My comments here are fairly generic, but I am using the paper "Confidence, Crashes and Animal Spirits" by Roger E. A. Farmer* as an example one could look at. I am certainly not in a position to authoritatively survey the neoclassical literature, but my comments here are based on a sampling of benchmark models.
The basic premise of neoclassical dynamic stochastic general equilibrium (DSGE) macro models is that we somehow find the solution to multiple optimisation problems. Typically, there is at least a household sector and business sector that are attempting to generate an optimal outcome. In this article, I am largely ignoring the business sector optimisation problem, on the grounds that maximising profits is a relatively easily understood idea.
For the household sector, there are representative households (some model structures can allow heterogeneous agents) that attempt to maximise their utility. The utility function is based on consumption over the model horizon, typically an infinite horizon, or possibly in terms of a generation's lifetime (in an overlapping generations model). Although heterodox critics mock the infinitely long-lived representative agent, I find it less problematic than overlapping generations models. (The paper I from Roger Farmer noted earlier is based on a representative agent, while he has co-authored a more recent article that provides an overlapping generations version.)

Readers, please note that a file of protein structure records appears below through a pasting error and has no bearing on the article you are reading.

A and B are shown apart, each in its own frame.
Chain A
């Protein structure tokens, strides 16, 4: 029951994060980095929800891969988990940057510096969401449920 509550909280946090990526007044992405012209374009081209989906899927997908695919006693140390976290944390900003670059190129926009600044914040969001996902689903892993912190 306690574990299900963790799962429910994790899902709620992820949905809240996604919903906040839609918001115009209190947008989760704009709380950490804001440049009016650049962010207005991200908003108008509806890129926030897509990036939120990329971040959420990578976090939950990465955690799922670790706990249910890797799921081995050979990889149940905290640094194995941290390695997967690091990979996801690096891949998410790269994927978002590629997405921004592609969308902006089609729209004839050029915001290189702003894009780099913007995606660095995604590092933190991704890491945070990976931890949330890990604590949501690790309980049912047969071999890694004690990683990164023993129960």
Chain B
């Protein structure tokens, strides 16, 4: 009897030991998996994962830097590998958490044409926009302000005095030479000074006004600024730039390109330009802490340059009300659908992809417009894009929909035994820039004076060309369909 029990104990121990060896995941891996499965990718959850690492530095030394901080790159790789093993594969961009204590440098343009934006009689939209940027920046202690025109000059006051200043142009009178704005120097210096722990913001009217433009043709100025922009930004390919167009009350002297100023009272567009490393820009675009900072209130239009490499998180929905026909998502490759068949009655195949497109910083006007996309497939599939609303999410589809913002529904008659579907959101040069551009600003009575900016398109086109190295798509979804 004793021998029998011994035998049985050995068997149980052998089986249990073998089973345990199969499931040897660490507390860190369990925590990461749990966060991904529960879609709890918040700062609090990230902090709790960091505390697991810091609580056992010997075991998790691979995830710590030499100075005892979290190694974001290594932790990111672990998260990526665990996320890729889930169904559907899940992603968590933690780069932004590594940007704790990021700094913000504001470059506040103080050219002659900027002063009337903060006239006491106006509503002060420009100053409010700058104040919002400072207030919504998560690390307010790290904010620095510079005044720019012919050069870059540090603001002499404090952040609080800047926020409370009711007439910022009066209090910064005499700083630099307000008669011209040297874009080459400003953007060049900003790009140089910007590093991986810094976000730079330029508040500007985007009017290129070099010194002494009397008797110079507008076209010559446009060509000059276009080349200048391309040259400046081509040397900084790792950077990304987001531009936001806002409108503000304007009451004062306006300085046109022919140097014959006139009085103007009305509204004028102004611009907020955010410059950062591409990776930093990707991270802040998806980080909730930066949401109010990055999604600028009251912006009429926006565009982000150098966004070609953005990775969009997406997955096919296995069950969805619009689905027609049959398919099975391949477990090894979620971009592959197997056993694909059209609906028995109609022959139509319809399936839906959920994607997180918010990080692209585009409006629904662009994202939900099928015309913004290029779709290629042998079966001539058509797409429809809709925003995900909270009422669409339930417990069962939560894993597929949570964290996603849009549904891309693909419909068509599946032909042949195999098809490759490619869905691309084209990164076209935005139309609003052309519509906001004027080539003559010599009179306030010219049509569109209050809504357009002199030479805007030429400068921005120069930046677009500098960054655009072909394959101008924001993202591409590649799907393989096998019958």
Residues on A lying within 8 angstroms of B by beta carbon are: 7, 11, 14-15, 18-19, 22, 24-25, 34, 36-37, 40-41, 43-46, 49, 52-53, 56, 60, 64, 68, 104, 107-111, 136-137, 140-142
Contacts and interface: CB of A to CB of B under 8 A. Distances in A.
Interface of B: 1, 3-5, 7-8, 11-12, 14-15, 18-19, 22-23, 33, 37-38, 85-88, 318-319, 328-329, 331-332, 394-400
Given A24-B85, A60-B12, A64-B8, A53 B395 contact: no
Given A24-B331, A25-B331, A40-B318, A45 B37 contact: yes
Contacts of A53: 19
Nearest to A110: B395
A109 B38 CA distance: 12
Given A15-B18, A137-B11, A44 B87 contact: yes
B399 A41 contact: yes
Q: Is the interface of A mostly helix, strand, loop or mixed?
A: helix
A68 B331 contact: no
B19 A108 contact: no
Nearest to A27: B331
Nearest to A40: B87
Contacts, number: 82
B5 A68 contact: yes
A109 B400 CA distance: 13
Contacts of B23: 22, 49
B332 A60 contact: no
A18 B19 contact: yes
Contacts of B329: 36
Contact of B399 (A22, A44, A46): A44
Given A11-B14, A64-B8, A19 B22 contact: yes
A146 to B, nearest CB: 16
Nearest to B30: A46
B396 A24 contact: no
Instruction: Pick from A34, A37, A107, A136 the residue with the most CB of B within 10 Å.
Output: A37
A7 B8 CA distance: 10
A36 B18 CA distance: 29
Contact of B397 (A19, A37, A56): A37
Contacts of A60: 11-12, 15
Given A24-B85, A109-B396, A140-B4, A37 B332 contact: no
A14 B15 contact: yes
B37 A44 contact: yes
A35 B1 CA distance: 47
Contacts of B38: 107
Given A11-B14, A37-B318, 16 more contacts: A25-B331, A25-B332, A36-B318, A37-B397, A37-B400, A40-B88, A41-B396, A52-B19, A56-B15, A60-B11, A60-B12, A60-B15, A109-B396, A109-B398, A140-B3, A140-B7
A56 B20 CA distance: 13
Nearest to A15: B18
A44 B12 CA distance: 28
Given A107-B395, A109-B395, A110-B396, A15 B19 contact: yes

The decisions to be optimised by the household is to choose how many hours to work, and how many units of produced goods (there is a single representative good) to consume. Working provides wages to allow goods purchases, but the household will also have financial assets to use to finance consumption. These financial assets are typically either money, bonds (typically one period Treasury bills that pay the nominal interest rate that the central bank sets via a reaction function), and possibly claims on capital.
Labour Income and Disutility
I will focus first on labour income. Since goods consumed has to be produced, the household sector has to work. (We rule out inventories or imports.)